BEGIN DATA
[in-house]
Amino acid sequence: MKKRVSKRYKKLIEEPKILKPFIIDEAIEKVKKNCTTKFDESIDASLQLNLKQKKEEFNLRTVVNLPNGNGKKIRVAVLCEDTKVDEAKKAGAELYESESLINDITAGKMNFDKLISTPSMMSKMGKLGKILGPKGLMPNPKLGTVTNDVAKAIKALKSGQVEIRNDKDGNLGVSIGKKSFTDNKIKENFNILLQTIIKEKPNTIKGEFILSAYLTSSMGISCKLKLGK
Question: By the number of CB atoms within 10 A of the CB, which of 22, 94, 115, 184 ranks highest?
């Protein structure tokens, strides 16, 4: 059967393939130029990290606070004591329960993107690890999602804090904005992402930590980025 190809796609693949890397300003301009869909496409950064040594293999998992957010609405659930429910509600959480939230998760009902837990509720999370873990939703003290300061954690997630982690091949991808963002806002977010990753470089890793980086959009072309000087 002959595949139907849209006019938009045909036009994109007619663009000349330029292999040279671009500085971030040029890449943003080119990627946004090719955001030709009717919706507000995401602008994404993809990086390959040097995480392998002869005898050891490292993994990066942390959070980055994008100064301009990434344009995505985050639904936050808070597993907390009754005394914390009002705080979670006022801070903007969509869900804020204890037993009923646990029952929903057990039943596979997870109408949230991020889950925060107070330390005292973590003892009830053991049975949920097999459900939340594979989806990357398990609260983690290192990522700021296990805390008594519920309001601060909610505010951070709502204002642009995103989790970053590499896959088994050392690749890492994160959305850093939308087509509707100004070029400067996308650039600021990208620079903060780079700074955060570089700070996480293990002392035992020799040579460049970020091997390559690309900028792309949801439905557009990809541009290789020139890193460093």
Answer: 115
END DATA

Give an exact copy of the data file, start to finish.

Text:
[in-house]
Amino acid sequence: MKKRVSKRYKKLIEEPKILKPFIIDEAIEKVKKNCTTKFDESIDASLQLNLKQKKEEFNLRTVVNLPNGNGKKIRVAVLCEDTKVDEAKKAGAELYESESLINDITAGKMNFDKLISTPSMMSKMGKLGKILGPKGLMPNPKLGTVTNDVAKAIKALKSGQVEIRNDKDGNLGVSIGKKSFTDNKIKENFNILLQTIIKEKPNTIKGEFILSAYLTSSMGISCKLKLGK
Question: By the number of CB atoms within 10 A of the CB, which of 22, 94, 115, 184 ranks highest?
């Protein structure tokens, strides 16, 4: 059967393939130029990290606070004591329960993107690890999602804090904005992402930590980025 190809796609693949890397300003301009869909496409950064040594293999998992957010609405659930429910509600959480939230998760009902837990509720999370873990939703003290300061954690997630982690091949991808963002806002977010990753470089890793980086959009072309000087 002959595949139907849209006019938009045909036009994109007619663009000349330029292999040279671009500085971030040029890449943003080119990627946004090719955001030709009717919706507000995401602008994404993809990086390959040097995480392998002869005898050891490292993994990066942390959070980055994008100064301009990434344009995505985050639904936050808070597993907390009754005394914390009002705080979670006022801070903007969509869900804020204890037993009923646990029952929903057990039943596979997870109408949230991020889950925060107070330390005292973590003892009830053991049975949920097999459900939340594979989806990357398990609260983690290192990522700021296990805390008594519920309001601060909610505010951070709502204002642009995103989790970053590499896959088994050392690749890492994160959305850093939308087509509707100004070029400067996308650039600021990208620079903060780079700074955060570089700070996480293990002392035992020799040579460049970020091997390559690309900028792309949801439905557009990809541009290789020139890193460093």
Answer: 115